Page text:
Peonies at Nichols Arboretum in Ann Arbor
LEFT: Kansas, in deep pink. RIGHT: A cluster of the William F. Turner variety.
Peonies are the most voluptuous of flowers full, ruffled, petticoated, and fragrant, like beguiling Southern belles in hoop-skirted gowns or debutantes dressed for the cotillion.
The rare sight of a field full of peonies evokes a ballroom awhirl with waltzing frocks in party-dress shades of white, blush, pink, and deep wine.
That colorful dance begins next month at the Nichols Arboretum on the University of Michigan campus in Ann Arbor, where garden beds will be awash in the blooms of North America’s largest public display of heirloom peonies.
For some, it’s a nearly swoon-inducing experience. Visiting enthusiasts have been known to react as if encountering a long-lost love, gazing at a blushing pink face and gasping: “That’s Silvia Saunders,” referring to the rare variety named for the daughter of famed Canadian hybridizer Arthur Percy Saunders.
LEFT: A child runs through The Peony Garden at Nichols Arboretum in Ann Arbor last year. Kelway’s Majestic is pretty in pink. RIGHT: This beauty’s name is unknown. There are about 50 mystery plants in The Peony Garden.
The Nichols collection was made possible because the beauties caught the fancy of Kalamazoo pharmaceutical magnate W.E. Upjohn, who collected peonies at his Augusta, Mich., estate, Brook Lodge.
In 1922, Upjohn donated hundreds of the plants to the University of Michigan, where they thrive, with 270 peonies erupting in pastel glory every spring. This year marks the 90th anniversary of Upjohn’s gift to the school. The U-M Peony Garden, designed by former Arboretum director Aubrey Tealdi, was opened to the public in 1927.
Upjohn reportedly grew as many as 675 peony varieties on 40 acres at his home. Today, his botanical legacy attracts passersby, students, nearby workers who spend lunch hours among the flowers, and visitors who travel miles to experience the antique varieties, many no longer available for purchase from plant nurseries.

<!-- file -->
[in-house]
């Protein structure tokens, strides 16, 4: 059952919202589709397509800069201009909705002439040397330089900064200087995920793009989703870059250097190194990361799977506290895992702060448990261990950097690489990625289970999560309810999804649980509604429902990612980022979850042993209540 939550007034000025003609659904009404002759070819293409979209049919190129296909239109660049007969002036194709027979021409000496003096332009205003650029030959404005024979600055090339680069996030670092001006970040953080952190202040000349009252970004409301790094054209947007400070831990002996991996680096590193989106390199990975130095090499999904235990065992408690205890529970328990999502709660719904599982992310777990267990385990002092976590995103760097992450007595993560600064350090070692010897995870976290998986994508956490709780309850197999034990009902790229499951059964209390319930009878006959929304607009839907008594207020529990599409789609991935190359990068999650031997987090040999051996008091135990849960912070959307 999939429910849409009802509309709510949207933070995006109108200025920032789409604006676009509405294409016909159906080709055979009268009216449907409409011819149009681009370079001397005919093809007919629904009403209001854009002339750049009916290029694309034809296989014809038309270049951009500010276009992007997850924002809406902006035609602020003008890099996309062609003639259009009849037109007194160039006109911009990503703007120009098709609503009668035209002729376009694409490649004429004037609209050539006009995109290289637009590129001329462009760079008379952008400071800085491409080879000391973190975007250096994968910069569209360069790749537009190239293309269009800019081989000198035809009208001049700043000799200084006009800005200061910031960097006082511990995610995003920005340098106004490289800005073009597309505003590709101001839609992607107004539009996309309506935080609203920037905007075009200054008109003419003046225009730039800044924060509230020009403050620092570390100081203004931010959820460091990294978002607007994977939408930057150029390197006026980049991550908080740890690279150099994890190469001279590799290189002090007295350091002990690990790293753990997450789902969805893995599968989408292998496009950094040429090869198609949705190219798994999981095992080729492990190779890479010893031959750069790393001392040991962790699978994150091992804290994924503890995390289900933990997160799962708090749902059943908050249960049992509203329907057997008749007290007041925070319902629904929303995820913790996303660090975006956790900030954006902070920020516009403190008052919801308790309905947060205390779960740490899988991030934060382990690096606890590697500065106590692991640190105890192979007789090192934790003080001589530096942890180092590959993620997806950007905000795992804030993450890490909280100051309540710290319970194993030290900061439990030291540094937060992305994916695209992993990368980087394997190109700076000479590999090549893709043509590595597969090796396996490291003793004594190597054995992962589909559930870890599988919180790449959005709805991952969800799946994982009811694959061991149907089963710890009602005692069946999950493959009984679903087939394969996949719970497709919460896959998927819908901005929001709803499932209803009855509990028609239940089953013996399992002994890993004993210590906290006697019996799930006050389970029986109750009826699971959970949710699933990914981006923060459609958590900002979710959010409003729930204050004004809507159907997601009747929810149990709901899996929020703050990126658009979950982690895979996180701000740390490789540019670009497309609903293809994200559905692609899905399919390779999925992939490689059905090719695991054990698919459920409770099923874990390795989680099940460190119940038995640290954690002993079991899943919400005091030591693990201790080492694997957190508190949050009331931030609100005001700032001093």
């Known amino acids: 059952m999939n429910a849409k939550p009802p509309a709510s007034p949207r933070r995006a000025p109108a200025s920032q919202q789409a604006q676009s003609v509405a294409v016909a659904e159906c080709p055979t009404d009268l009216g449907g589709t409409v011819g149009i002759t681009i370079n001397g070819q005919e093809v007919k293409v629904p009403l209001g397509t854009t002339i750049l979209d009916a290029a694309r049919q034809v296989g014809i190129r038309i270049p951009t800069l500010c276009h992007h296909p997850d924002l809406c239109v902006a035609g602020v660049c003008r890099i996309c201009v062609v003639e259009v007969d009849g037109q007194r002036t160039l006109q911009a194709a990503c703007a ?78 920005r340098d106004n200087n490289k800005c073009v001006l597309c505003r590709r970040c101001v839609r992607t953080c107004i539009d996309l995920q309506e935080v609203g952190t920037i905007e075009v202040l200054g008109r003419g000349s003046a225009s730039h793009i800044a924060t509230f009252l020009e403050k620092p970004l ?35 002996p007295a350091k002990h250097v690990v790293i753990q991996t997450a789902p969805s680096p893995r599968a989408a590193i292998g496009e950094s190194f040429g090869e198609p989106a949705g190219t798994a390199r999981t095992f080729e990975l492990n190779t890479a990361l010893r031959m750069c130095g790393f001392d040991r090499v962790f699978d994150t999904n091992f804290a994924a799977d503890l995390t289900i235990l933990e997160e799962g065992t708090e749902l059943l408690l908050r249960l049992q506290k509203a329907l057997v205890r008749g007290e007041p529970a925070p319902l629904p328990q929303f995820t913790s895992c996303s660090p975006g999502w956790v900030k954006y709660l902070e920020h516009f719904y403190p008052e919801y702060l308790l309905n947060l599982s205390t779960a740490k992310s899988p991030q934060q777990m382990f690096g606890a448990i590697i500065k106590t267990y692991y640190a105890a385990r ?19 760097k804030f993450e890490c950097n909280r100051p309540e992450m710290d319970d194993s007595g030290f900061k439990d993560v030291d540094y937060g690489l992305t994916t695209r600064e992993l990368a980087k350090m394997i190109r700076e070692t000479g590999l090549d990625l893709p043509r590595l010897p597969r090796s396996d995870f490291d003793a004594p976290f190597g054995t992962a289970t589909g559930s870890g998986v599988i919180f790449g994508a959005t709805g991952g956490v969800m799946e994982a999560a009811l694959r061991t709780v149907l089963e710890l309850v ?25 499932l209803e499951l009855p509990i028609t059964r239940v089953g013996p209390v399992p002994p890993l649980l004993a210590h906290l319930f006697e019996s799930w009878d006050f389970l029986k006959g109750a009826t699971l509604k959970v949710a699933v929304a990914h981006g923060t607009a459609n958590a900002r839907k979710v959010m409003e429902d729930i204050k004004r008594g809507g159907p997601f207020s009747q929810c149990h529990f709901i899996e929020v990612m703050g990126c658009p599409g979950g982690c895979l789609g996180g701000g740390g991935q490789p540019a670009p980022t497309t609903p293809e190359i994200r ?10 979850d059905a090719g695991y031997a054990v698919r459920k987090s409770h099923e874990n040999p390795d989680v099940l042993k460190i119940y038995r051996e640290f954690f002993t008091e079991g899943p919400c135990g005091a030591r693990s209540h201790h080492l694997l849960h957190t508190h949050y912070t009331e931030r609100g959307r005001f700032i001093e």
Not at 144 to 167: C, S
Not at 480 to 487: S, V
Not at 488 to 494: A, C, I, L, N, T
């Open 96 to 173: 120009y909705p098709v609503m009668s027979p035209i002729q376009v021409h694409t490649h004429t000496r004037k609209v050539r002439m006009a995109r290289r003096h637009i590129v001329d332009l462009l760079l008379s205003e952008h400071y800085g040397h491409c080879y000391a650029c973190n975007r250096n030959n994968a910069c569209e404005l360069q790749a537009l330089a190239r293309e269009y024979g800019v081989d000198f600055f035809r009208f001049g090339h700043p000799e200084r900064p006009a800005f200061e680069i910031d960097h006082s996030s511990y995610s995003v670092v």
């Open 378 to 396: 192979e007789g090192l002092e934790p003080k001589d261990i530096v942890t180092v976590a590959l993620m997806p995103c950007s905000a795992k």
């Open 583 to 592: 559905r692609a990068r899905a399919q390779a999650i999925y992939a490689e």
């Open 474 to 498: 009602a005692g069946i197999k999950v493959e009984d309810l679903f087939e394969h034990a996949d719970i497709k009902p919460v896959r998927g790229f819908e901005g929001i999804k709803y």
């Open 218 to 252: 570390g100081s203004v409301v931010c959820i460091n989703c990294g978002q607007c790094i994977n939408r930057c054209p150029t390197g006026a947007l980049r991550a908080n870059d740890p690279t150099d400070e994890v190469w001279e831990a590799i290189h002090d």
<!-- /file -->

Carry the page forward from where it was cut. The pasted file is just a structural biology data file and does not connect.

Although peonies are famously reliable and undemanding, which adds to their appeal for home gardeners, maintaining the 27 beds at Nichols is a complex task of horticultural sleuth work, one that takes on almost archeological aspects.
The Peony Garden is undergoing an identification and conservation project designed to establish it as an internationally recognized living reference, as well as a destination for enthusiasts.
LEFT: The two-toned, lovely Kelway’s Majestic. RIGHT: Venus, in blush pink.
Working with an advisory board of experts and armed with planting maps of the peony beds from various years (1927, 1949, and the 1970s), project participants are endeavoring to properly identify every plant. About 50 mystery plants live in the beds.
“We look at each plant and do a checklist, almost like a reverse key,” says Carmen Leskoviansky, Collections and Natural Areas Specialist for the Matthaei Botanical Gardens and Nichols Arboretum. “It’s a long, complicated, and confusing project.”
A restoration effort, also under way, seeks to replace peonies that were removed or lost over the years. The garden accepts donations of heirloom plants (World War II era or earlier, with an emphasis on varieties from the late 1800s and early 1900s).
LEFT: The snow-white Pride of Essex. RIGHT: Variety named after the Queen of Actresses.
“We have a list of plants we want that are no longer in the trade,” says Leskoviansky, a horticulturist. In addition to the detailed research and physical upkeep, working amid the peonies is also pure pleasure. “The whole week they’re in bloom, it’s a joy to be out there,” Leskoviansky says. “I also love the history, the historic American Peony Society bulletins and historic garden magazines and articles and older peony books.”